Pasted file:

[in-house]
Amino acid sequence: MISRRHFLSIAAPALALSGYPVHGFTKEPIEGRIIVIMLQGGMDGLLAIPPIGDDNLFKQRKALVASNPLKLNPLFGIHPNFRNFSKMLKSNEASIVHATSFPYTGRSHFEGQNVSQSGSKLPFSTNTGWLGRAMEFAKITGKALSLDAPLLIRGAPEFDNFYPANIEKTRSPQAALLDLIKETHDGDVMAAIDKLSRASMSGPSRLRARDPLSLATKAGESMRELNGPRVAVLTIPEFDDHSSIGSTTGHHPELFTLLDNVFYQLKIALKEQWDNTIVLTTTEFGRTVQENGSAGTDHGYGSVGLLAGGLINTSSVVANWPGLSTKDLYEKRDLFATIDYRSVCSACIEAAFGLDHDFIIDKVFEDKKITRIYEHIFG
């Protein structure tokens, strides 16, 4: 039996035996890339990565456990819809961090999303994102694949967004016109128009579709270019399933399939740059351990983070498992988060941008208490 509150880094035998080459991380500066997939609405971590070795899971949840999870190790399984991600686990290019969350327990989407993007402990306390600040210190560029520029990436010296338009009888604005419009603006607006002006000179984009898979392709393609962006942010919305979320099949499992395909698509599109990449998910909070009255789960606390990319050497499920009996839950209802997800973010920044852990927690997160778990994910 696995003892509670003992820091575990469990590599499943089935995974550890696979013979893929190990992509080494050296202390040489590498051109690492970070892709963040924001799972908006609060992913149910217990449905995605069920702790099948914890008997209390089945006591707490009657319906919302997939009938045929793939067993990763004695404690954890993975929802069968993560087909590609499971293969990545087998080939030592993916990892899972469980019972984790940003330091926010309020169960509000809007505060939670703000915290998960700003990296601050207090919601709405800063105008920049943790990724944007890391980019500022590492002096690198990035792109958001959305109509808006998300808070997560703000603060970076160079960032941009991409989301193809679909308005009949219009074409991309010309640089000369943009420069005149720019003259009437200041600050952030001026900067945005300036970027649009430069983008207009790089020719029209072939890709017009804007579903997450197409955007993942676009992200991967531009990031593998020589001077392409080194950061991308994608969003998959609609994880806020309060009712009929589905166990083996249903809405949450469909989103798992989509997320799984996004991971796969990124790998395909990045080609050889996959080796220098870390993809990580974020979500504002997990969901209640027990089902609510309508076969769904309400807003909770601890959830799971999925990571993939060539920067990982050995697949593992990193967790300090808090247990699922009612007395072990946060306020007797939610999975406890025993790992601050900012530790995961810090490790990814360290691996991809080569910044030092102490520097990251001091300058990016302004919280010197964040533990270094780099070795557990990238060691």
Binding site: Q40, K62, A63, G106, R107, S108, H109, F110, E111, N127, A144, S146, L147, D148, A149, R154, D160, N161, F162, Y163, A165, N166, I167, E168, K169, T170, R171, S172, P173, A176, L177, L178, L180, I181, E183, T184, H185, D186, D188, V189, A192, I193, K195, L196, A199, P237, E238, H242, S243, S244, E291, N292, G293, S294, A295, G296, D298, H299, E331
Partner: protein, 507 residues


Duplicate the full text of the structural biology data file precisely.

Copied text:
[in-house]
Amino acid sequence: MISRRHFLSIAAPALALSGYPVHGFTKEPIEGRIIVIMLQGGMDGLLAIPPIGDDNLFKQRKALVASNPLKLNPLFGIHPNFRNFSKMLKSNEASIVHATSFPYTGRSHFEGQNVSQSGSKLPFSTNTGWLGRAMEFAKITGKALSLDAPLLIRGAPEFDNFYPANIEKTRSPQAALLDLIKETHDGDVMAAIDKLSRASMSGPSRLRARDPLSLATKAGESMRELNGPRVAVLTIPEFDDHSSIGSTTGHHPELFTLLDNVFYQLKIALKEQWDNTIVLTTTEFGRTVQENGSAGTDHGYGSVGLLAGGLINTSSVVANWPGLSTKDLYEKRDLFATIDYRSVCSACIEAAFGLDHDFIIDKVFEDKKITRIYEHIFG
């Protein structure tokens, strides 16, 4: 039996035996890339990565456990819809961090999303994102694949967004016109128009579709270019399933399939740059351990983070498992988060941008208490 509150880094035998080459991380500066997939609405971590070795899971949840999870190790399984991600686990290019969350327990989407993007402990306390600040210190560029520029990436010296338009009888604005419009603006607006002006000179984009898979392709393609962006942010919305979320099949499992395909698509599109990449998910909070009255789960606390990319050497499920009996839950209802997800973010920044852990927690997160778990994910 696995003892509670003992820091575990469990590599499943089935995974550890696979013979893929190990992509080494050296202390040489590498051109690492970070892709963040924001799972908006609060992913149910217990449905995605069920702790099948914890008997209390089945006591707490009657319906919302997939009938045929793939067993990763004695404690954890993975929802069968993560087909590609499971293969990545087998080939030592993916990892899972469980019972984790940003330091926010309020169960509000809007505060939670703000915290998960700003990296601050207090919601709405800063105008920049943790990724944007890391980019500022590492002096690198990035792109958001959305109509808006998300808070997560703000603060970076160079960032941009991409989301193809679909308005009949219009074409991309010309640089000369943009420069005149720019003259009437200041600050952030001026900067945005300036970027649009430069983008207009790089020719029209072939890709017009804007579903997450197409955007993942676009992200991967531009990031593998020589001077392409080194950061991308994608969003998959609609994880806020309060009712009929589905166990083996249903809405949450469909989103798992989509997320799984996004991971796969990124790998395909990045080609050889996959080796220098870390993809990580974020979500504002997990969901209640027990089902609510309508076969769904309400807003909770601890959830799971999925990571993939060539920067990982050995697949593992990193967790300090808090247990699922009612007395072990946060306020007797939610999975406890025993790992601050900012530790995961810090490790990814360290691996991809080569910044030092102490520097990251001091300058990016302004919280010197964040533990270094780099070795557990990238060691």
Binding site: Q40, K62, A63, G106, R107, S108, H109, F110, E111, N127, A144, S146, L147, D148, A149, R154, D160, N161, F162, Y163, A165, N166, I167, E168, K169, T170, R171, S172, P173, A176, L177, L178, L180, I181, E183, T184, H185, D186, D188, V189, A192, I193, K195, L196, A199, P237, E238, H242, S243, S244, E291, N292, G293, S294, A295, G296, D298, H299, E331
Partner: protein, 507 residues